age of applicant: ever too young?

Discussion in 'Pre-Medical - MD' started by jot, May 14, 2002.

  1. jot

    jot

    do you think there is an age that adcoms consider too young for medschool(md/phd)? i'm sure it is highly dependent on demonstratable maturity, but nevertheless. i'll still be 19 when applying and part of interviewing season, and i was wondering if there was anyone else who had this experience, or was asked about it. thanks.
     
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  3. intern in waiting

    intern in waiting Junior Member

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    I'm pretty sure you need to be 21 when you graduate to get a medical liscence (at least in PA) we had a student in my class, straigh MD who was 18!!
     
  4. The Fly

    The Fly Senior Member

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    There was a thread here a couple of months back about a 17 (yes, seventeen at graduation) year-old-who graduated from Sinai a few years back and who's now in his Optho residency somewhere in NYC. . .

    He finished NYC in two years, graduated when he was 13 and then began medical school where he finished in the usual four years.

    Now that's WAAAAAAAAAAY too young -- that poor kid will probably burn out at thirty after having had no childhood. I think that is absolutely depressing. . .
     
  5. Assassin

    Assassin Assassin

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    when i interviewed at UCONN, i was told they once admitted a 17 yr old
    ...and he already had a PhD <img border="0" alt="[Laughy]" title="" src="graemlins/laughy.gif" />
     
  6. matthew0126

    matthew0126 Anaheim Angels

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    I think if you are young you can't get around the first impression that you'll regretably get with some interviewers. But if you project yourself with an air of maturity and professionalism, then that won't be a factor.

    (I had the same reservations at first because I kinda look young for my age -- I was 20 @ all my interviews but looked younger. It's not big deal really.) Good luck!
     
  7. The Fly

    The Fly Senior Member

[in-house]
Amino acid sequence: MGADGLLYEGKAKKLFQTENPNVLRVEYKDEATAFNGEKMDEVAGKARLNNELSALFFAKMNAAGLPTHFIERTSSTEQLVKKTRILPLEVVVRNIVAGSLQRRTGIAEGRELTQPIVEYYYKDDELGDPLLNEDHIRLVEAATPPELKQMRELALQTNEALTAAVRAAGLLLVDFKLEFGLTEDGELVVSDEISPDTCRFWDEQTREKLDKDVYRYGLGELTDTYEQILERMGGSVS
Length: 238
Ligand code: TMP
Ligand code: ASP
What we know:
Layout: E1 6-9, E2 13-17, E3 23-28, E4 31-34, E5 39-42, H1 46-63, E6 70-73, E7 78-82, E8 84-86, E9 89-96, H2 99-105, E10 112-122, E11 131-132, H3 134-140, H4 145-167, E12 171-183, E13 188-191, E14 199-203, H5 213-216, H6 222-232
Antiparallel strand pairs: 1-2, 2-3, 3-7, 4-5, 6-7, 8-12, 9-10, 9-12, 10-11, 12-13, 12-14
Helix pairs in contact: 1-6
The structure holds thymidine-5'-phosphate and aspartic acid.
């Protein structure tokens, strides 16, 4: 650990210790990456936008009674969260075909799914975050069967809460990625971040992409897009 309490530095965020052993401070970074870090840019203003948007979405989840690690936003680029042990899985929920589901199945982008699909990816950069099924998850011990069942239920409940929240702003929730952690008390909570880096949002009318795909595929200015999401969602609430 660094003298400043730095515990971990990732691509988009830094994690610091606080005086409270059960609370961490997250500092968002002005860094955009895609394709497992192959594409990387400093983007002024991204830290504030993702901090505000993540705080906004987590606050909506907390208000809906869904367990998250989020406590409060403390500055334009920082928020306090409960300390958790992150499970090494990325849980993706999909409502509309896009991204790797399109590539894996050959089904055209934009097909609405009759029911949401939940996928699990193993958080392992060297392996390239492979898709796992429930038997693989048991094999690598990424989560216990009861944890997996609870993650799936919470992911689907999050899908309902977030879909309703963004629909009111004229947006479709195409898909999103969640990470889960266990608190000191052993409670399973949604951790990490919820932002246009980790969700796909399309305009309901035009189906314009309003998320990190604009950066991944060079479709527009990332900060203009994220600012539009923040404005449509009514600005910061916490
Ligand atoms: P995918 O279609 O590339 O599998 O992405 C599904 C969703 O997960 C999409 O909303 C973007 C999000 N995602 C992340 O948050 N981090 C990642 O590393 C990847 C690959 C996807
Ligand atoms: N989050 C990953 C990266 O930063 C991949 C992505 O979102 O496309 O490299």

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    </font><blockquote><font size="1" face="Verdana, Helvetica, sans-serif">quote:</font><hr /><font size="2" face="Verdana, Helvetica, sans-serif">Originally posted by matthew0126:
    <strong>I think if you are young you can't get around the first impression that you'll regretably get with some interviewers. But if you project yourself with an air of maturity and professionalism, then that won't be a factor.
    </strong></font><hr /></blockquote><font size="2" face="Verdana, Helvetica, sans-serif">NOT IF YOU'RE 13 YEARS OLD!!!!!!!!!!!!!! :D
     
  8. Hero

    Hero Senior Member

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    i think i'd be okay if you have your mom's signature
     
  9. jot

    jot

    i'm pretty sure my mom will sign for me. but then again, shes also applying to medschool ... premed competitiveness and all. <img border="0" title="" alt="[Frown]" src="frown.gif" />
     
  10. none

    none 1K Member

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    It's been my impression that MD/PhD adcoms are much more forgiving of a super-young applicant than are MD only ones. They know that regardless of what age you are when you enter...you're going to be one of the oldest in your residency program.
     
  11. Taty

    Taty Senior Member

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    </font><blockquote><font size="1" face="Verdana, Helvetica, sans-serif">quote:</font><hr /><font size="2" face="Verdana, Helvetica, sans-serif">Originally posted by The Fly:
    <strong>There was a thread here a couple of months back about a 17 (yes, seventeen at graduation) year-old-who graduated from Sinai a few years back and who's now in his Optho residency somewhere in NYC. . .